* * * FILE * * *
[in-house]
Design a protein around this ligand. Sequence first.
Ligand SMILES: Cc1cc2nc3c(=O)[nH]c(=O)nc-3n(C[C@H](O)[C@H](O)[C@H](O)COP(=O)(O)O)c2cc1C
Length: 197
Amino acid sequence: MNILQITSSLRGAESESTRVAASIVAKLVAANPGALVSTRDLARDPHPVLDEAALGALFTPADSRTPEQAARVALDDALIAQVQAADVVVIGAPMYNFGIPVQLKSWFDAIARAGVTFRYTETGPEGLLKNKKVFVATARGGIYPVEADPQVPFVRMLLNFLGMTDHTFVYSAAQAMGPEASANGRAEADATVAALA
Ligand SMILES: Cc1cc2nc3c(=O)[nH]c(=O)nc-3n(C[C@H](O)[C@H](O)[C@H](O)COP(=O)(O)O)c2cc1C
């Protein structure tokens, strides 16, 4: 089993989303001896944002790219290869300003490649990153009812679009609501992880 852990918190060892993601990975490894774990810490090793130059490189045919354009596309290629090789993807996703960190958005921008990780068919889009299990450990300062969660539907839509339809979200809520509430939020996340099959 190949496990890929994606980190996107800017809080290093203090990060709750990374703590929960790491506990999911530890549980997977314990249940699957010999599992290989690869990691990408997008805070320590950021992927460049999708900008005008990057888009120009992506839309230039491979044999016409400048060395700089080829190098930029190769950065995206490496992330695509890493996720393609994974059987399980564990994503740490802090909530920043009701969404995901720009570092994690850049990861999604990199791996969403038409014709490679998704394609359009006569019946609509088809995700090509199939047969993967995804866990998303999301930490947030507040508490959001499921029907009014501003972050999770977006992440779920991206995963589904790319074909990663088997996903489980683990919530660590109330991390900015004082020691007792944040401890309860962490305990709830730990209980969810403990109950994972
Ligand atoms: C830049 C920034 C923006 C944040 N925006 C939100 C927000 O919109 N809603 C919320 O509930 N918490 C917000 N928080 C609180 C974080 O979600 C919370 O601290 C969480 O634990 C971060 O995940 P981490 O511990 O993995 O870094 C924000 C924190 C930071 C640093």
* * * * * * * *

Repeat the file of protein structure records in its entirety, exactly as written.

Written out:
[in-house]
Design a protein around this ligand. Sequence first.
Ligand SMILES: Cc1cc2nc3c(=O)[nH]c(=O)nc-3n(C[C@H](O)[C@H](O)[C@H](O)COP(=O)(O)O)c2cc1C
Length: 197
Amino acid sequence: MNILQITSSLRGAESESTRVAASIVAKLVAANPGALVSTRDLARDPHPVLDEAALGALFTPADSRTPEQAARVALDDALIAQVQAADVVVIGAPMYNFGIPVQLKSWFDAIARAGVTFRYTETGPEGLLKNKKVFVATARGGIYPVEADPQVPFVRMLLNFLGMTDHTFVYSAAQAMGPEASANGRAEADATVAALA
Ligand SMILES: Cc1cc2nc3c(=O)[nH]c(=O)nc-3n(C[C@H](O)[C@H](O)[C@H](O)COP(=O)(O)O)c2cc1C
């Protein structure tokens, strides 16, 4: 089993989303001896944002790219290869300003490649990153009812679009609501992880 852990918190060892993601990975490894774990810490090793130059490189045919354009596309290629090789993807996703960190958005921008990780068919889009299990450990300062969660539907839509339809979200809520509430939020996340099959 190949496990890929994606980190996107800017809080290093203090990060709750990374703590929960790491506990999911530890549980997977314990249940699957010999599992290989690869990691990408997008805070320590950021992927460049999708900008005008990057888009120009992506839309230039491979044999016409400048060395700089080829190098930029190769950065995206490496992330695509890493996720393609994974059987399980564990994503740490802090909530920043009701969404995901720009570092994690850049990861999604990199791996969403038409014709490679998704394609359009006569019946609509088809995700090509199939047969993967995804866990998303999301930490947030507040508490959001499921029907009014501003972050999770977006992440779920991206995963589904790319074909990663088997996903489980683990919530660590109330991390900015004082020691007792944040401890309860962490305990709830730990209980969810403990109950994972
Ligand atoms: C830049 C920034 C923006 C944040 N925006 C939100 C927000 O919109 N809603 C919320 O509930 N918490 C917000 N928080 C609180 C974080 O979600 C919370 O601290 C969480 O634990 C971060 O995940 P981490 O511990 O993995 O870094 C924000 C924190 C930071 C640093």